Harriet Gilbert is the baby of her family. Yes, she’s the baby, even though at 17 she towers over her mother and is tall enough to look her dad straight in the eye. But she is and will always be the baby, the eighth child in her family.
Harriet’s sisters, her two oldest siblings, were grown and gone before she was old enough to remember. They live nearby, though, and Harriet loves spending time at their homes. But mostly Harriet grew up with five brothers, the source of much teasing and adventure. She joined them in their play, making noise and having fun running around the big garden and playing with their toy cars. Then she watched as each of them prepared and left to serve full-time missions, setting an example she still admires.
Five brothers and two sisters soon brought brothers-and sisters-in-law and lots of nieces and nephews, with more on the way. This family—this large, noisy, exciting family—is Harriet’s foundation. They are the bedrock of her life.
“People are amazed,” says Harriet. “They ask how I put up with them all, but I loved it. We really got along well. We would always stick up for each other. Because I was the youngest, I was the little protected one.”
As Harriet gets older, she realizes that her brothers and sisters have faced the same problems and the same decisions she is having now. Naturally, they continue to protect their little sister.
Does she go to them for advice? Harriet smiles at that question. “I don’t have to ask. They are already giving it to me before I even ask. They are going to give me advice no matter what.”
What good examples to give advice! All her older brothers have served missions. All her brothers and sisters have been married in the temple, except Owen who is still on his mission in Perth, Australia. No wonder Harriet considers them her firm foundation.
One family story that means a lot to Harriet is the conversion story of her parents, John and Margaret. They were married and living in England, both working at the post office, when a coworker introduced them to the Church. Her mother was baptized then, and her father was later. They made a rather adventuresome decision to move to Australia. They found that the Church was strong in Melbourne, and there was plenty of room for a house that could accommodate so many children. That decision has made all the difference.
Of her own developing testimony, Harriet says, “It’s something that I’ve wanted ever since I can remember. I was brought up with it, and all my family is active. I’ve never been without the Church.”
Harriet and her parents recently moved from their home near Melbourne to the countryside near Mornington, farther down the peninsula. Moving can be difficult for any teen. Even though Harriet had lived in several wards, moving was still a little scary and intimidating. But it has all worked out. “My new seminary class is just the ward group. We meet every day during the school year at 6:30 a.m. At first, I was really nervous, but somehow I just fit in. For an activity, we went on a fishing trip. The theme was becoming fishers of men. Before I went on the trip, I hadn’t seen any of the group. I didn’t even want to go. But everyone was really nice and talkative, especially Naomi and Leirosa. Then Young Women just grew. Some others moved in about the same time, and now we have a big group.”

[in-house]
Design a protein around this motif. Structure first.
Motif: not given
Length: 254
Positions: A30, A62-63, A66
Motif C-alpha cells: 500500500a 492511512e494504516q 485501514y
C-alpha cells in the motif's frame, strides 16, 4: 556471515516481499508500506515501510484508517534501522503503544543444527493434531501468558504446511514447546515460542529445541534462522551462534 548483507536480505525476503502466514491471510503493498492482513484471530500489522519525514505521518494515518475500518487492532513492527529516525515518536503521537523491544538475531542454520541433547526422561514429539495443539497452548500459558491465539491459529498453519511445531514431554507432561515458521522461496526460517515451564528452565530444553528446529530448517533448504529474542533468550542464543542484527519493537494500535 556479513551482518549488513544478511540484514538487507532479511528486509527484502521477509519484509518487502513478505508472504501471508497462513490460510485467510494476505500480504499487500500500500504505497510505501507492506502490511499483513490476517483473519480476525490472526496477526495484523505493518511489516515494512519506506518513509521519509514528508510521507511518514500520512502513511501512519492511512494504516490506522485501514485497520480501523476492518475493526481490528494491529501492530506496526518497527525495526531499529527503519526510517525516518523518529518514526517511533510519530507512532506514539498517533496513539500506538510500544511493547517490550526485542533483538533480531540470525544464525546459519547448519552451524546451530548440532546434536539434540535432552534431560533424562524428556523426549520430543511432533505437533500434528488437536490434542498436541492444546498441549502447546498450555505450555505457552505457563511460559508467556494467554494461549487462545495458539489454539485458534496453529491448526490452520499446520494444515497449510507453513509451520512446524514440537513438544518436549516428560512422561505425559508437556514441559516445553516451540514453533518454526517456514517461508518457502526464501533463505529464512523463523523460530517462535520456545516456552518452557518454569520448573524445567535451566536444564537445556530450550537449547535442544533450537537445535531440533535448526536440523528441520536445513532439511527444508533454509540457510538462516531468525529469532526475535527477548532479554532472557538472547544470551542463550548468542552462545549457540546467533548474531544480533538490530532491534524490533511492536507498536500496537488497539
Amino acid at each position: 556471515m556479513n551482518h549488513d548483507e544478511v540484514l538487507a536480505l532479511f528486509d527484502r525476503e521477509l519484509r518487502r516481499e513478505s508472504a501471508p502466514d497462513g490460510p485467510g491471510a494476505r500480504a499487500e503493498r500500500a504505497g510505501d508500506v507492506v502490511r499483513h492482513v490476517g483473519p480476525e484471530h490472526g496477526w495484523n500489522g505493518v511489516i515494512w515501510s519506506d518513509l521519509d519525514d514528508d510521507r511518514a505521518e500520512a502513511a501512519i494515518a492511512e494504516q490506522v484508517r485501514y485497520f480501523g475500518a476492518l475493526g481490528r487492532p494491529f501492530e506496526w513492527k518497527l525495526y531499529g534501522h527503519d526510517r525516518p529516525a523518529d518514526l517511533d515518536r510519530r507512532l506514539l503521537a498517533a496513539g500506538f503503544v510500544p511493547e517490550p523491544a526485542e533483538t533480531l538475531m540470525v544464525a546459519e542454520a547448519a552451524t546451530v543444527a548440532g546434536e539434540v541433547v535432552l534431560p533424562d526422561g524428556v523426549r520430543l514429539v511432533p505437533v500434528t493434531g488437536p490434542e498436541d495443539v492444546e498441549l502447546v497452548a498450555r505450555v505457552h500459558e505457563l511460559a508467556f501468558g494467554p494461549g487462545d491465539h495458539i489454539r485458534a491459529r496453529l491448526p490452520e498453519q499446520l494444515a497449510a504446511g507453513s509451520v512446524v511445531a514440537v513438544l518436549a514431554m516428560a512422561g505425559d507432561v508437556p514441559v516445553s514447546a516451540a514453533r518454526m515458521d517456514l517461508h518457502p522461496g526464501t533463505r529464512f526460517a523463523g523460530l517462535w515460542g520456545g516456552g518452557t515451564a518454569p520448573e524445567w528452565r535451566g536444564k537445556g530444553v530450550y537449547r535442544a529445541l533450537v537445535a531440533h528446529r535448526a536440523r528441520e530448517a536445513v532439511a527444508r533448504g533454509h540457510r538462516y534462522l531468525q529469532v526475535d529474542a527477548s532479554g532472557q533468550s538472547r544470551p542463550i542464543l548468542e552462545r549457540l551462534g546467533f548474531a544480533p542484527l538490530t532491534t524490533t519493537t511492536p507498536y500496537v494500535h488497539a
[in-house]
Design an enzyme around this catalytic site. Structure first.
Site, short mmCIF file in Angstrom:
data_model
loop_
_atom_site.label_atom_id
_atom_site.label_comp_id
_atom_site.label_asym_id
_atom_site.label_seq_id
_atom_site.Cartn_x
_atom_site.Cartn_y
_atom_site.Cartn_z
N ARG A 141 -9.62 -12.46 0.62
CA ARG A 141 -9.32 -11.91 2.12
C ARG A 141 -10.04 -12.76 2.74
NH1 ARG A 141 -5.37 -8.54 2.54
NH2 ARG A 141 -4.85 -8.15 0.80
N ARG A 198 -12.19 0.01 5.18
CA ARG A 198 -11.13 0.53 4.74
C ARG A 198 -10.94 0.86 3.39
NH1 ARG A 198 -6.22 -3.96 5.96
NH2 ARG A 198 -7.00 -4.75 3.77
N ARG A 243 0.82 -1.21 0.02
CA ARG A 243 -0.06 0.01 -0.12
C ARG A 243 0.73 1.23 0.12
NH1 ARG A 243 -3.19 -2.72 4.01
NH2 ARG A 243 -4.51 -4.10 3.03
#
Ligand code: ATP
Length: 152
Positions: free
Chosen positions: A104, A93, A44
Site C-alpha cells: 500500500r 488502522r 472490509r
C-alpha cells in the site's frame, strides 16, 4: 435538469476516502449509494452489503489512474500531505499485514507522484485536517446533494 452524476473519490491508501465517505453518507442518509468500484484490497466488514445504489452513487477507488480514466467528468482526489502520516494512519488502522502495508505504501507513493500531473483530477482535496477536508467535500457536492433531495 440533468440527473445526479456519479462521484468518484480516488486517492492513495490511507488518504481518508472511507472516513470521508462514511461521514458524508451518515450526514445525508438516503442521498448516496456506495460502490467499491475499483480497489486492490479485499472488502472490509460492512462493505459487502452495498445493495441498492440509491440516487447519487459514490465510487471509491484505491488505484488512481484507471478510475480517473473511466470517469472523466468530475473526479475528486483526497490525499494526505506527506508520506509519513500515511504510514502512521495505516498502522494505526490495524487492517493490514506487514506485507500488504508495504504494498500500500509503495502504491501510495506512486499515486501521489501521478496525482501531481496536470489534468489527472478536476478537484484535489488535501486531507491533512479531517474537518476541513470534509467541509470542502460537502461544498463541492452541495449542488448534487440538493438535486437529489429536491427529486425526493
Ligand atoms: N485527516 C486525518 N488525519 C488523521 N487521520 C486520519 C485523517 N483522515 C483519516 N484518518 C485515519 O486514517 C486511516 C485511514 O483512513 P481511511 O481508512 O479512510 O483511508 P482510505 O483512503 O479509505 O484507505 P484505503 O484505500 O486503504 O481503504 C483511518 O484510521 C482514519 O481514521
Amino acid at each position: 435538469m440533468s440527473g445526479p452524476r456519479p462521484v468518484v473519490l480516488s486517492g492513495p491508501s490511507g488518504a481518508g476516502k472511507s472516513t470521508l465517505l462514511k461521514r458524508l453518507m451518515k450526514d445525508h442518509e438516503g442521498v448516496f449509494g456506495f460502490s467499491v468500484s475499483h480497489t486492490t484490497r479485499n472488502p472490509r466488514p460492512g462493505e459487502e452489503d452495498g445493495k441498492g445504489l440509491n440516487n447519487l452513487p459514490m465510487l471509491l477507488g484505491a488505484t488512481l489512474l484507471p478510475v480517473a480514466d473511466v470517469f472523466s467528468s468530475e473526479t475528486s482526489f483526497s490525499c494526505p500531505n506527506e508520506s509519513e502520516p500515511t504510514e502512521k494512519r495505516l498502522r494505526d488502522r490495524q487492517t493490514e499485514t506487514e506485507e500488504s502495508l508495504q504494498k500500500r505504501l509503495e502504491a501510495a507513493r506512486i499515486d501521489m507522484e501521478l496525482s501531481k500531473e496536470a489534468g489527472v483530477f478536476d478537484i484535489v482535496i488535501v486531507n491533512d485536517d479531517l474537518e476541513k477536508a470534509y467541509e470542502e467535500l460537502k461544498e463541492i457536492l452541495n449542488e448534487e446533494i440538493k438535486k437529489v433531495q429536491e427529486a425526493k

Harriet considered playing basketball for her school, but practices were on Tuesday nights. That conflicted with Young Women, so Harriet turned it down. “Young Women overrules everything else,” she explains.
If you ask Harriet to tell you about her favorite scripture, she knows exactly the one to share. It’s in Helaman 5:12. As soon as she reads it aloud, you begin to understand why Harriet seems to be such a strong and confident person. The verse begins, “And now, my sons, remember, remember that it is upon the rock of our Redeemer, who is Christ, the Son of God, that ye must build your foundation.”
All afternoon Harriet has been talking about her family and their love for each other and their devotion to the Church. Harriet and her family are building their foundation on the rock that is Christ.
How did Harriet come to love this scripture in Helaman? Did she hear it somewhere being referred to in a talk or in a lesson? No, she says. She just read it as part of her regular scripture reading, and the verse spoke to her. It was so perfect that it made her stop and read it over and over. This scripture has meaning especially for her.
As she continues, the verse becomes more and more interesting: “That when the devil shall send forth his mighty winds, yea, his shafts in the whirlwind, yea, when all his hail and his mighty storm shall beat upon you, it shall have no power over you to drag you down to the gulf of misery and endless wo, because of the rock upon which ye are built, which is a sure foundation, a foundation whereon if men build they cannot fall.”
Harriet finishes and lowers her Book of Mormon. Yes, that’s it. A foundation built on Christ. A foundation of a loving family. A foundation that will help Harriet follow the examples set by her older brothers and sisters. A foundation that can lead her back to a loving Heavenly Father as one of His precious children.